"For the group to become a body, makes each individual body a partial
object, it denies ones own contingent and limited body . . ." and
further, "The group becomes a body through the denial of this singular
J.P. Lehmann goes further in saying: "Thus there arises a major
(aporia) which we cannot ignore. It can be expressed in this way: as
for the regressive process proper to relaxation, is it not in danger of
being lost in the narcissistic regression of the group?"
To give these remarks their due, we must indeed make it clear, that the
particular spatial arrangement of these groups, will reinstate an
aspect of the individual: at the first meeting, we ask the participants
to introduce themselves, then, each one lies down on a mattress which
he arranges as he likes in the room and the trio of leaders is seated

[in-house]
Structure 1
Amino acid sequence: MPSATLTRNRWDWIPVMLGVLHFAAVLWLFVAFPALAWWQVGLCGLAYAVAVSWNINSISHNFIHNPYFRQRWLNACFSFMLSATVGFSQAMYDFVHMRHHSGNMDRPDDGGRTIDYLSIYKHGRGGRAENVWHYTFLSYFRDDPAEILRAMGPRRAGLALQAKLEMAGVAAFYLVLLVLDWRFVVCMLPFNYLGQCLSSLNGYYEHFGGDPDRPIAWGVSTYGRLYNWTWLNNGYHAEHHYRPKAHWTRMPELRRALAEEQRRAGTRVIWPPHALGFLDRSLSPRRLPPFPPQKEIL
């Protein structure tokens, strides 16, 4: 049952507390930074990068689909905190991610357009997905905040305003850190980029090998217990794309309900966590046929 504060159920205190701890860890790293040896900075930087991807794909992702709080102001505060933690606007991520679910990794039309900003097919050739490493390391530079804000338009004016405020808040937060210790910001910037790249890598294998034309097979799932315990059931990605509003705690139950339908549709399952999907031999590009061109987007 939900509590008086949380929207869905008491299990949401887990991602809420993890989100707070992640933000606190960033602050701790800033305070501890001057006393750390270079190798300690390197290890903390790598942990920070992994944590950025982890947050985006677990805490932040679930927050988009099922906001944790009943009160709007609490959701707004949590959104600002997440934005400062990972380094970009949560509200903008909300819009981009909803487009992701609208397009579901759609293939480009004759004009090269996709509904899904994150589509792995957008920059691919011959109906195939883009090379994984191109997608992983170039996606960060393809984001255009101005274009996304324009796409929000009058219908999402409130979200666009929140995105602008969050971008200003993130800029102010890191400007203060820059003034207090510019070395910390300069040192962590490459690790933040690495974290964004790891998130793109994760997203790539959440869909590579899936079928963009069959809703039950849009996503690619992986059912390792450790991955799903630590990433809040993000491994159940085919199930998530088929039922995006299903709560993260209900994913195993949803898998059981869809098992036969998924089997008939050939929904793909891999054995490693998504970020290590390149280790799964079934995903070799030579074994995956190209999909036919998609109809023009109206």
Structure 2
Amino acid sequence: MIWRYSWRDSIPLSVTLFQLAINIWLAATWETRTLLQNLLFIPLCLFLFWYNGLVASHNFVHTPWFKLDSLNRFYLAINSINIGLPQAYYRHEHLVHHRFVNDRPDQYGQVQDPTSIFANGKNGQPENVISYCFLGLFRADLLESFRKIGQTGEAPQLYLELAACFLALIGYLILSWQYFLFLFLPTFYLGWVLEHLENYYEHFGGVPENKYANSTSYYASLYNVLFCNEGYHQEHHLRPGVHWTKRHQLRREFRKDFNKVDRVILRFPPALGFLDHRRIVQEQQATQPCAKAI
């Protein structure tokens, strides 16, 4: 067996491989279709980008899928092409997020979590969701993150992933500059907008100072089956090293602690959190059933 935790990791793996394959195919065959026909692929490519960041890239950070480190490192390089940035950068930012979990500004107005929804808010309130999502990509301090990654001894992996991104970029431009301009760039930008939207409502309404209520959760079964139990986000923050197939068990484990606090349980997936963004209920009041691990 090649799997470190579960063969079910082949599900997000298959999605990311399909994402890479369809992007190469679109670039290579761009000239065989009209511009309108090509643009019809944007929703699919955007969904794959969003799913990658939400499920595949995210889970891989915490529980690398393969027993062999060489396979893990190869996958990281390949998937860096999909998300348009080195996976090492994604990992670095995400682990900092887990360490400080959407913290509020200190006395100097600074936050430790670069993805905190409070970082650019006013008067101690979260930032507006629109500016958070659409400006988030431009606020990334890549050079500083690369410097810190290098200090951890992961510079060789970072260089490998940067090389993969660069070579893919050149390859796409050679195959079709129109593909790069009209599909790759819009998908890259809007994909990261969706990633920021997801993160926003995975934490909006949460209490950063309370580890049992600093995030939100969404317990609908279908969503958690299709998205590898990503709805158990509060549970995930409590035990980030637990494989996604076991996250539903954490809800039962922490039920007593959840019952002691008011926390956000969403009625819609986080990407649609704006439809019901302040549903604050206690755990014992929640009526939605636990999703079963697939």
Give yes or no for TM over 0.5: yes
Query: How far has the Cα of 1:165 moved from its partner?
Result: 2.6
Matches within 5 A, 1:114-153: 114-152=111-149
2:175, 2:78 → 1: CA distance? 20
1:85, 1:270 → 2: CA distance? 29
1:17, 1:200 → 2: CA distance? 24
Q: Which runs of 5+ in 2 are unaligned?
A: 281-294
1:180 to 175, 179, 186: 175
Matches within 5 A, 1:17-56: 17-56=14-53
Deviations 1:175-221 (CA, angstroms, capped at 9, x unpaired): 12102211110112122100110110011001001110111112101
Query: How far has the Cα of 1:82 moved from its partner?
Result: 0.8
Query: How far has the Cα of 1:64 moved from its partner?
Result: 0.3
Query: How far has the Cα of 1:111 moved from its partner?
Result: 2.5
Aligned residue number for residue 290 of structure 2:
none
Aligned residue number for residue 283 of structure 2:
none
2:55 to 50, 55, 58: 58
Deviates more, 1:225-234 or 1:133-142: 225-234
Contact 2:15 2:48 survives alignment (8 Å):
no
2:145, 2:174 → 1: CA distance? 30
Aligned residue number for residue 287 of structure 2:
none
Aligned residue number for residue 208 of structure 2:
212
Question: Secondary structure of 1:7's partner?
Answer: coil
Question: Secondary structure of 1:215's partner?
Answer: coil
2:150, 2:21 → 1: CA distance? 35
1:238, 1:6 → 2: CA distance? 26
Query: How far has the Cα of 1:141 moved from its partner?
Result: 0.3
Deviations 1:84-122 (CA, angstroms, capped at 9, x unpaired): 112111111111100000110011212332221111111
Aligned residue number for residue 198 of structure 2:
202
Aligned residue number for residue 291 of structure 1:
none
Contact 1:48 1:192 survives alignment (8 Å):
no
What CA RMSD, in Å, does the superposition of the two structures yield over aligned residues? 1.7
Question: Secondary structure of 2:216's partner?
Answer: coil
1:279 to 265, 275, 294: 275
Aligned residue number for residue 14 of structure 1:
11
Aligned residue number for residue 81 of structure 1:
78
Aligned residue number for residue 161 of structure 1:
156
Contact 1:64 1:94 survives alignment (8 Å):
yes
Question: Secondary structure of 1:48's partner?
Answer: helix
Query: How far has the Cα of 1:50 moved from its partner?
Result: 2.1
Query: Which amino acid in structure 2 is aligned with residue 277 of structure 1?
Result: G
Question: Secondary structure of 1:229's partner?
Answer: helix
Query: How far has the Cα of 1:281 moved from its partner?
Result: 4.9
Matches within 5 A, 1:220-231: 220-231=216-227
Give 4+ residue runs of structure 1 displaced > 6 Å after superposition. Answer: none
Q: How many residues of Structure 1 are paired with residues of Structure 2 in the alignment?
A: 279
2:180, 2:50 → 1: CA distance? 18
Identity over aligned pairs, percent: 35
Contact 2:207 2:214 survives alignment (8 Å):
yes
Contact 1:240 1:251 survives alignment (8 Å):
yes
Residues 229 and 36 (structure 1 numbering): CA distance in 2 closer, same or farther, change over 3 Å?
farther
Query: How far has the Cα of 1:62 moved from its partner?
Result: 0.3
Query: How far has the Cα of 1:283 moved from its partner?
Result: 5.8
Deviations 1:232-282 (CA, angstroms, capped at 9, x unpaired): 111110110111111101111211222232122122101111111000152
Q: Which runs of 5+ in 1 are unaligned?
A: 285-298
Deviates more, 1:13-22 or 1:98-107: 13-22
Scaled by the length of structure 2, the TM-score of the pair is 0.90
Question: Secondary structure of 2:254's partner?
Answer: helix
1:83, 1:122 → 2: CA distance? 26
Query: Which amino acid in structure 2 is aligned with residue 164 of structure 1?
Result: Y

on chairs. No instruction is given about this.
Next, the leaders take over, accompanying each person in his relaxing,
and if the spoken induction is addressed to everyone, it is received
individually. But it is above all the individual who is totally
attended to in the touching, this body to body with one of the leaders,
which engenders then, in the talking time moments, which are clearly
transferential: "I don't know who touched me, the man or the woman". "I
thought you had forgotten me". "Why did you touch me so quickly?" "Do
you touch everyone in that way?". . .
In the course of these groups, we remain virtually, a clinic of
sensoriality and its expression in words. The contributions of the
leaders, during the time of verbal exchange, even if they issue from
elements of the group dynamic, remain within the field of relaxation
and the individual thought processes of the participants.